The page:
Ethanol Rises to One-Week High as Market Braces for Higher Costs

Ethanol futures rose to the highest level in more than a week as producers braced for more expensive manufacturing costs.

Prices gained as corn hit a record a day before a U.S. Department of Agriculture report that may show the government slashed the corn-crop forecast to 10.929 billion bushels, the smallest amount in six years, according to the average of 29 analyst estimates in a Bloomberg survey.

“We’ve got a huge report coming out tomorrow and corn’s at an all-time high,” said Dan Flynn, a trader at Price Futures Group in Chicago.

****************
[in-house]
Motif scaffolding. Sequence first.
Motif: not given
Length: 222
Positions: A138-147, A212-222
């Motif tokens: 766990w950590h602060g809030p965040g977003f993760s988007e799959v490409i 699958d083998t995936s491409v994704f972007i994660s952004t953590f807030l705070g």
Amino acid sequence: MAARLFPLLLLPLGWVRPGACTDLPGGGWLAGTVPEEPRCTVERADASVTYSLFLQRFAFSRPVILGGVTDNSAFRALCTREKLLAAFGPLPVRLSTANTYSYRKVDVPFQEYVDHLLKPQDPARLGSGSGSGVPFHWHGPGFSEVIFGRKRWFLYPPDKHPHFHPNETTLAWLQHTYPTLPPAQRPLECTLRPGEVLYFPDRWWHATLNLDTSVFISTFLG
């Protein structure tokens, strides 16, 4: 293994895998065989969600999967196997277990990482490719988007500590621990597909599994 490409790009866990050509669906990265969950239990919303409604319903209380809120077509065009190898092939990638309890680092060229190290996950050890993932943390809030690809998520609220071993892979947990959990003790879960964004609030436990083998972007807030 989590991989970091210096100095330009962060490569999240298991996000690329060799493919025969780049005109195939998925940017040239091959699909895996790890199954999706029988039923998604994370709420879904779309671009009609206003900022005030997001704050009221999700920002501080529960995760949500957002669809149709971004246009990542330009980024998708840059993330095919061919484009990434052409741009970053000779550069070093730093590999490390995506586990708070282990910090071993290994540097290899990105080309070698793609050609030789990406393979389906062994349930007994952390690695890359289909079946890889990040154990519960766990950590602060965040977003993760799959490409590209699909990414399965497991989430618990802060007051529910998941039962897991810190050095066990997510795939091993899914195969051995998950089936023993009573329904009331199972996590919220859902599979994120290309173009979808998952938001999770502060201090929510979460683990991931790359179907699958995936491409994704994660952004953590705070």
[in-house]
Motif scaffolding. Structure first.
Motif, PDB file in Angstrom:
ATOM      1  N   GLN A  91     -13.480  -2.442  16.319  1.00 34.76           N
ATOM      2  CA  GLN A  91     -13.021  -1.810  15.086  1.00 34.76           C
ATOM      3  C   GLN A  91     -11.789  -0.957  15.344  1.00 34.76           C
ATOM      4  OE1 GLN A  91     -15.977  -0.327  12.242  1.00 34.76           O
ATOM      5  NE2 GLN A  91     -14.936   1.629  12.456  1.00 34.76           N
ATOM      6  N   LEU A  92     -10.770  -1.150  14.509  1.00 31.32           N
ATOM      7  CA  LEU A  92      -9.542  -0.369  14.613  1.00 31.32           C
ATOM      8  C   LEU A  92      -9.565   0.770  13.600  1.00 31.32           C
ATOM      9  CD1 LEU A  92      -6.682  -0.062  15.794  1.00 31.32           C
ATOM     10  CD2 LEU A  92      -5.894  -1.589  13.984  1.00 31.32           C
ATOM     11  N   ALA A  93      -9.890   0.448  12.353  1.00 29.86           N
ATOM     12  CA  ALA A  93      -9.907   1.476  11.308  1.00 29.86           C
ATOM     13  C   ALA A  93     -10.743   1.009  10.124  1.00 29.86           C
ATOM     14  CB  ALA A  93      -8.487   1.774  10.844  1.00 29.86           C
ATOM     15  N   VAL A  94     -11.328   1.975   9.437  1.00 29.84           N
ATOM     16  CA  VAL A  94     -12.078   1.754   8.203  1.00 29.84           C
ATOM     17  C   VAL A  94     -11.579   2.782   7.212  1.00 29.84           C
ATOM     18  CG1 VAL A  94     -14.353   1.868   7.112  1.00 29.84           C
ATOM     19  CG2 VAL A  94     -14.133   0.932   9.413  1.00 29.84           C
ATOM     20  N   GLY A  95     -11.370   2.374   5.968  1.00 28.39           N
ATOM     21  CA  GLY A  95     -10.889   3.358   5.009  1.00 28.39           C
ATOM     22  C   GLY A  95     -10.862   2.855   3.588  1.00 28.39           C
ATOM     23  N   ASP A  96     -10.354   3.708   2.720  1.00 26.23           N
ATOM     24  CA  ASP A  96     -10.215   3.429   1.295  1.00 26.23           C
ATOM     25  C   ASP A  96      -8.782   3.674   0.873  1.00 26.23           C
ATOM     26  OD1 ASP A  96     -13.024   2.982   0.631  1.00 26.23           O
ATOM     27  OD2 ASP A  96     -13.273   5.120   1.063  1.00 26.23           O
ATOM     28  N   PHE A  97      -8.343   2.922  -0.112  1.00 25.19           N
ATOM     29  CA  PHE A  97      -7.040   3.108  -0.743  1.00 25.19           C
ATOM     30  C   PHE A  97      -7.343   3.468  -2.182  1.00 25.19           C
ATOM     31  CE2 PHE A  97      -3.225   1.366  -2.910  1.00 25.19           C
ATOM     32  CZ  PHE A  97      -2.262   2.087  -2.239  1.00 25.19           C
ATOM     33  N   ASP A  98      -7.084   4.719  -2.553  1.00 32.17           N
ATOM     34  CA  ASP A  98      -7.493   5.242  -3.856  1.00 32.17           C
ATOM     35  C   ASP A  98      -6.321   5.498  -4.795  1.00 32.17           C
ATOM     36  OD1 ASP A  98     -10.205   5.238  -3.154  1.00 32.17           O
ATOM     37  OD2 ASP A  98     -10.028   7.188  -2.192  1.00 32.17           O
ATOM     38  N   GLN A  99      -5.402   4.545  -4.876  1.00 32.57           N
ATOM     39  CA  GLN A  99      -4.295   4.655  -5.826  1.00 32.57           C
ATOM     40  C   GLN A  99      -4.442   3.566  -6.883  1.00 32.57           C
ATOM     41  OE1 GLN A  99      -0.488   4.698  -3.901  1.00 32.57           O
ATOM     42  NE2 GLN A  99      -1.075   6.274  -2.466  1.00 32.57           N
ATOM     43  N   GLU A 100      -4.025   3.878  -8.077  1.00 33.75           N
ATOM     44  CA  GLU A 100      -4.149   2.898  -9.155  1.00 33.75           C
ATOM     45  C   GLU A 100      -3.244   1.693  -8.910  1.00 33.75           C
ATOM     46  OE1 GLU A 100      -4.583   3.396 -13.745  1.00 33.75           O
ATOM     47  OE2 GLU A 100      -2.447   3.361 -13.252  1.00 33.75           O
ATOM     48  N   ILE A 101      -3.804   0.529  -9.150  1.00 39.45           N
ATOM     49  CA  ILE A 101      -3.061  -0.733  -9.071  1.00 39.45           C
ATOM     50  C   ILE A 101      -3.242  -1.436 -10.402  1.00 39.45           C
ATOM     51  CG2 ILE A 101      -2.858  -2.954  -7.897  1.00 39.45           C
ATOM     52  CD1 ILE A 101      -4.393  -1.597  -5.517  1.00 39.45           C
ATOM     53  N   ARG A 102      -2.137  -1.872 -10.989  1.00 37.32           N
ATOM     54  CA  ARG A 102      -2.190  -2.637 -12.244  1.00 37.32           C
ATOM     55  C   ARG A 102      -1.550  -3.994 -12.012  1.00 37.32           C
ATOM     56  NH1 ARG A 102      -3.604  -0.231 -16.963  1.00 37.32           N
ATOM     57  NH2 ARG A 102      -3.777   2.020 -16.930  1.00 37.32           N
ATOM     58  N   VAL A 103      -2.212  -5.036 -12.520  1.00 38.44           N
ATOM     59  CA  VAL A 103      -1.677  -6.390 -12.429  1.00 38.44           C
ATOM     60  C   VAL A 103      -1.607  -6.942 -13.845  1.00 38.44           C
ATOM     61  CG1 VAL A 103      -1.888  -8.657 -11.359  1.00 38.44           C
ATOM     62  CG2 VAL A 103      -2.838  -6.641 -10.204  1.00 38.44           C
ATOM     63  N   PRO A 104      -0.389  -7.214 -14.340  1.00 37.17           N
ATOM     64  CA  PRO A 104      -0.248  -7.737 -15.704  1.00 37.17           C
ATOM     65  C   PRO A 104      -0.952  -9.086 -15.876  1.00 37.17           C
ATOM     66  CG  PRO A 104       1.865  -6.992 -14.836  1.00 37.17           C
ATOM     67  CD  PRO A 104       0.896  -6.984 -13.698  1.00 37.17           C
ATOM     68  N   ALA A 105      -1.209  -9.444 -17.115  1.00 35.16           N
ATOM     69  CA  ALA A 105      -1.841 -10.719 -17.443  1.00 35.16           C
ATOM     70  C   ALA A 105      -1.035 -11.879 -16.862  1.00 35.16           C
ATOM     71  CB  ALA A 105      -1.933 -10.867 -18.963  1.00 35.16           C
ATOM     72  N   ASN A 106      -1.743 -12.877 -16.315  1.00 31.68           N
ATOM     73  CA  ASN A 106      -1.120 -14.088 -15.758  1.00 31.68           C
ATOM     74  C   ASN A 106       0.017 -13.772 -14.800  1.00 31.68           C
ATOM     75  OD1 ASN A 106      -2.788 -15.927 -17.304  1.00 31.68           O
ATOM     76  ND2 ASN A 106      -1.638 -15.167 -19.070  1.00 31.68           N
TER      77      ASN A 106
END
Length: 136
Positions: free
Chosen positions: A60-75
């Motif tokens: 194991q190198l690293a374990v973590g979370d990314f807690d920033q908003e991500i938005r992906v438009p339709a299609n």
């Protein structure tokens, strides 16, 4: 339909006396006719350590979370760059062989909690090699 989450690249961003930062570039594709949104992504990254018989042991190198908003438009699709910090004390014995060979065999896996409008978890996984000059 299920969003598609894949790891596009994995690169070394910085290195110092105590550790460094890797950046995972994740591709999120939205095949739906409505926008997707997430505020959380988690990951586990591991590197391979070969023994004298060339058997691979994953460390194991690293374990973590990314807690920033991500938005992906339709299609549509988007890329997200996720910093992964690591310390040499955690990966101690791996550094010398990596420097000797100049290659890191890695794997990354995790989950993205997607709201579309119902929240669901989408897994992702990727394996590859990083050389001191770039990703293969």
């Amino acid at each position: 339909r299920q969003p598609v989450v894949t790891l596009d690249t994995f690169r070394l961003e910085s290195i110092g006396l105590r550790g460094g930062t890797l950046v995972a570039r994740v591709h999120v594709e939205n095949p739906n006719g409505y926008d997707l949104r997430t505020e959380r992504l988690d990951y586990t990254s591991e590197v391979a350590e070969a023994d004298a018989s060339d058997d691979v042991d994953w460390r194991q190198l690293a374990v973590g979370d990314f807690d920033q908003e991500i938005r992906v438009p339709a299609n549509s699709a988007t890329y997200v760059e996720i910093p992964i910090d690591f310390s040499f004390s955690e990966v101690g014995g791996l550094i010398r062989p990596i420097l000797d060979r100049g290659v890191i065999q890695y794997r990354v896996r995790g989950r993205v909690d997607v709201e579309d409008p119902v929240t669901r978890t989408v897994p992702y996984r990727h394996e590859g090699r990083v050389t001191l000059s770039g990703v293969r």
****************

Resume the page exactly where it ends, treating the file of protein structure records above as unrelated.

Denatured ethanol for September delivery advanced 4.8 cents, or 1.9 percent, to $2.626 a gallon on the Chicago Board of Trade, the highest level since July 31. Prices have gained 19 percent this year.

In cash market trading, ethanol was unchanged in Chicago at $2.59 a gallon and on the U.S. Gulf Coast at $2.64, according to data compiled by Bloomberg.

Ethanol in New York sank 2 cents to $2.65 a gallon. On the West Coast, the fuel jumped 9.5 cents to $2.785.

Corn for December delivery increased 7.25 cents, or 0.9 percent, to $8.2375 a bushel in Chicago. Prices touched a record $8.2975. Futures have reached all-time highs four times in three weeks. One bushel of corn makes at least 2.75 gallons of ethanol.

To contact the reporter on this story: Mario Parker in Chicago at mparker22@bloomberg.net

To contact the editor responsible for this story: Dan Stets at dstets@bloomberg.net

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